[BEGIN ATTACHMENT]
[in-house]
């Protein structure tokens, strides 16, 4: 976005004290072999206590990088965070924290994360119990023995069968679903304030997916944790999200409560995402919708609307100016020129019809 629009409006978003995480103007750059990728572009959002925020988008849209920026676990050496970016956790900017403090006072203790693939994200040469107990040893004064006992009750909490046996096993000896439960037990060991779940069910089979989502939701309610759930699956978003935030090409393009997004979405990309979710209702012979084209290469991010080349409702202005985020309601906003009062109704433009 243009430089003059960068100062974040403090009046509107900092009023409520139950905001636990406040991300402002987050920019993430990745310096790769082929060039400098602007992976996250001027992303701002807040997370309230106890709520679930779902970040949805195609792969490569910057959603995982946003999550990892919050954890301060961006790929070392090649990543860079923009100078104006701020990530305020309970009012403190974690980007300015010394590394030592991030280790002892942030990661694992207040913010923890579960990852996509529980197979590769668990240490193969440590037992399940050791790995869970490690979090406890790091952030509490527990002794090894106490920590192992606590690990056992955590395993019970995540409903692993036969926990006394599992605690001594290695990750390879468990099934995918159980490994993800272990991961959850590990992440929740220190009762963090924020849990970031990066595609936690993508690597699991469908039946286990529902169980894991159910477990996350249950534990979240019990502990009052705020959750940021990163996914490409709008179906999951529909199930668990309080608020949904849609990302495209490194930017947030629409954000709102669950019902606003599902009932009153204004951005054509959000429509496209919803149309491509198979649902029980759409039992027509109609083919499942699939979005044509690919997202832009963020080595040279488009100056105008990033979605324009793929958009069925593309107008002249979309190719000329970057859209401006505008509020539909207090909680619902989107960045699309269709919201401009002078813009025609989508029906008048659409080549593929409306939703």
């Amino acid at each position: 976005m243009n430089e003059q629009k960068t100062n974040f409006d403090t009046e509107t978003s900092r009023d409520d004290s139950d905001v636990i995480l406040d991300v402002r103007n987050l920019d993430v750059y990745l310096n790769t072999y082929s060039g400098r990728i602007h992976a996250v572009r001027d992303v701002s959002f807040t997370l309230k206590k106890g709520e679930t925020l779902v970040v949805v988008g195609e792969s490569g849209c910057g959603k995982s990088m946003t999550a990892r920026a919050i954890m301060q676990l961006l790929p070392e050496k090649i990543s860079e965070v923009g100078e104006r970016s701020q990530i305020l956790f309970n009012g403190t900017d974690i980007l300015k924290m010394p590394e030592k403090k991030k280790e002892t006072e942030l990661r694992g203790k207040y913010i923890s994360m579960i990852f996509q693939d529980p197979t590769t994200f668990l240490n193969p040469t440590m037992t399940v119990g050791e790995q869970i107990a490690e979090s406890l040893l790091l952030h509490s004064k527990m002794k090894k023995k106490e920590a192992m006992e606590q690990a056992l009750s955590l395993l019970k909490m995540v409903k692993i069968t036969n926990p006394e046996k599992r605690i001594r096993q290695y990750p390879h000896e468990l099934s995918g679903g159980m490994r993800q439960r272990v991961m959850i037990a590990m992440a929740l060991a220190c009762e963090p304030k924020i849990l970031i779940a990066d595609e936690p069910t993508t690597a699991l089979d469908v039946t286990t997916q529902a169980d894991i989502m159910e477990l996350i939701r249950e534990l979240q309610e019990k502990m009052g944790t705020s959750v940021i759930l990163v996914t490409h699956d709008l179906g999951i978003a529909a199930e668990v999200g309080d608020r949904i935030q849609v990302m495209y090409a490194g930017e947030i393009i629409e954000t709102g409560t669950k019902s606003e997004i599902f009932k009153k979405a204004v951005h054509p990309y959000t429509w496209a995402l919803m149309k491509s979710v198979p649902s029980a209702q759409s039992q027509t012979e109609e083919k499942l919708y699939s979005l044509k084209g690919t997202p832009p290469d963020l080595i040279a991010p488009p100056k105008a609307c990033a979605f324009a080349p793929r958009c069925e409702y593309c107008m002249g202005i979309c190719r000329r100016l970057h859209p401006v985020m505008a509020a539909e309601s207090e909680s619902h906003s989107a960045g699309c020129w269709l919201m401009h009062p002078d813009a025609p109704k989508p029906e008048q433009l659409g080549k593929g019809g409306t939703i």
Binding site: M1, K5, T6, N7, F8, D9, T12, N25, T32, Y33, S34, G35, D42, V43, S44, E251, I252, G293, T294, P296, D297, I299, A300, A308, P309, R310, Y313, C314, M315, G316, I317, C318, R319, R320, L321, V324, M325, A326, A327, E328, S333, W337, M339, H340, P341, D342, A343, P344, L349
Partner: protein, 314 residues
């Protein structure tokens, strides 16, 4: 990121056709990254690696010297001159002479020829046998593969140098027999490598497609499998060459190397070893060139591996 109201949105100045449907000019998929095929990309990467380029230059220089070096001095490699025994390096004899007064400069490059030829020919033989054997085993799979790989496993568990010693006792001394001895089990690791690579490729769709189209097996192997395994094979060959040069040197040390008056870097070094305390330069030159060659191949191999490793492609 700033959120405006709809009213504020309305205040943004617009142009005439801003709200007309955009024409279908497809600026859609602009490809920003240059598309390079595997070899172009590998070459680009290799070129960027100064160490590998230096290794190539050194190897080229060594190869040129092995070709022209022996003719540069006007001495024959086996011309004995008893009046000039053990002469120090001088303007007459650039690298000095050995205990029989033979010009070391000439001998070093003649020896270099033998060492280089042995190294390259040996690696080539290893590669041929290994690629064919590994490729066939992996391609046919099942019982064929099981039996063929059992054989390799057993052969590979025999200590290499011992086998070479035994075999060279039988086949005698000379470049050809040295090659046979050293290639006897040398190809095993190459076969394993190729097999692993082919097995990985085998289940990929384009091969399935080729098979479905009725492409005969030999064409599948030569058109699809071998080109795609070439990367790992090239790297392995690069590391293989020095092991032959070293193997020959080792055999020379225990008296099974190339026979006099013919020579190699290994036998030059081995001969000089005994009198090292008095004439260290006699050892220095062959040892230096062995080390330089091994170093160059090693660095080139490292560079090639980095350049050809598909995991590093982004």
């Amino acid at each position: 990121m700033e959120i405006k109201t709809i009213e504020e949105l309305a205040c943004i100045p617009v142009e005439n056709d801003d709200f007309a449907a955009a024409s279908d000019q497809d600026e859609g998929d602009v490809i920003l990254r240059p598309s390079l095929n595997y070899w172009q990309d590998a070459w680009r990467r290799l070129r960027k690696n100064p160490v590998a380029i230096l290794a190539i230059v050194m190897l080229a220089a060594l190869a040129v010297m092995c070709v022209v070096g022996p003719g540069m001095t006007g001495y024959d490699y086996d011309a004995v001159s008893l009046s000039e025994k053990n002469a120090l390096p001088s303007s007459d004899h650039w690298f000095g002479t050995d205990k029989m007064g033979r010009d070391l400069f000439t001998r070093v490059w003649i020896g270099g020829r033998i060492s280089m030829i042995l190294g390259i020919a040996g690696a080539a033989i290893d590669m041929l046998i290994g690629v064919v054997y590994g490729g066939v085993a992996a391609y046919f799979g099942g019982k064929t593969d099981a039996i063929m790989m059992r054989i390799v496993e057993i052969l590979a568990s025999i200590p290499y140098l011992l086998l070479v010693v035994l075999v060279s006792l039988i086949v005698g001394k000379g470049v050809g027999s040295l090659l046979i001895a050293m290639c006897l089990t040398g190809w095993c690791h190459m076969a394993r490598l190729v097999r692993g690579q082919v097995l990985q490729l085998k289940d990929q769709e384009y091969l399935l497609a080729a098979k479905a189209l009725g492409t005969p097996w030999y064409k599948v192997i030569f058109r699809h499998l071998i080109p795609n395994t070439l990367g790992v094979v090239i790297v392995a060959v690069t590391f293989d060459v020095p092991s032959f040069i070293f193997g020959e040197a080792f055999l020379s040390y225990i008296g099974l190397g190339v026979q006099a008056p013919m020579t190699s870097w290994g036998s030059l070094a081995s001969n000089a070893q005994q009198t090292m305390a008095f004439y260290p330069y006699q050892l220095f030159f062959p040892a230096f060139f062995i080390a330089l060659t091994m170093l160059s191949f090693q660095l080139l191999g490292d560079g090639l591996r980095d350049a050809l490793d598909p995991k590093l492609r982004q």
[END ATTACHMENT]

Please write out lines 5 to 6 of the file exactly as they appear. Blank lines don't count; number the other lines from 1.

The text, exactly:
Partner: protein, 314 residues
């Protein structure tokens, strides 16, 4: 990121056709990254690696010297001159002479020829046998593969140098027999490598497609499998060459190397070893060139591996 109201949105100045449907000019998929095929990309990467380029230059220089070096001095490699025994390096004899007064400069490059030829020919033989054997085993799979790989496993568990010693006792001394001895089990690791690579490729769709189209097996192997395994094979060959040069040197040390008056870097070094305390330069030159060659191949191999490793492609 700033959120405006709809009213504020309305205040943004617009142009005439801003709200007309955009024409279908497809600026859609602009490809920003240059598309390079595997070899172009590998070459680009290799070129960027100064160490590998230096290794190539050194190897080229060594190869040129092995070709022209022996003719540069006007001495024959086996011309004995008893009046000039053990002469120090001088303007007459650039690298000095050995205990029989033979010009070391000439001998070093003649020896270099033998060492280089042995190294390259040996690696080539290893590669041929290994690629064919590994490729066939992996391609046919099942019982064929099981039996063929059992054989390799057993052969590979025999200590290499011992086998070479035994075999060279039988086949005698000379470049050809040295090659046979050293290639006897040398190809095993190459076969394993190729097999692993082919097995990985085998289940990929384009091969399935080729098979479905009725492409005969030999064409599948030569058109699809071998080109795609070439990367790992090239790297392995690069590391293989020095092991032959070293193997020959080792055999020379225990008296099974190339026979006099013919020579190699290994036998030059081995001969000089005994009198090292008095004439260290006699050892220095062959040892230096062995080390330089091994170093160059090693660095080139490292560079090639980095350049050809598909995991590093982004």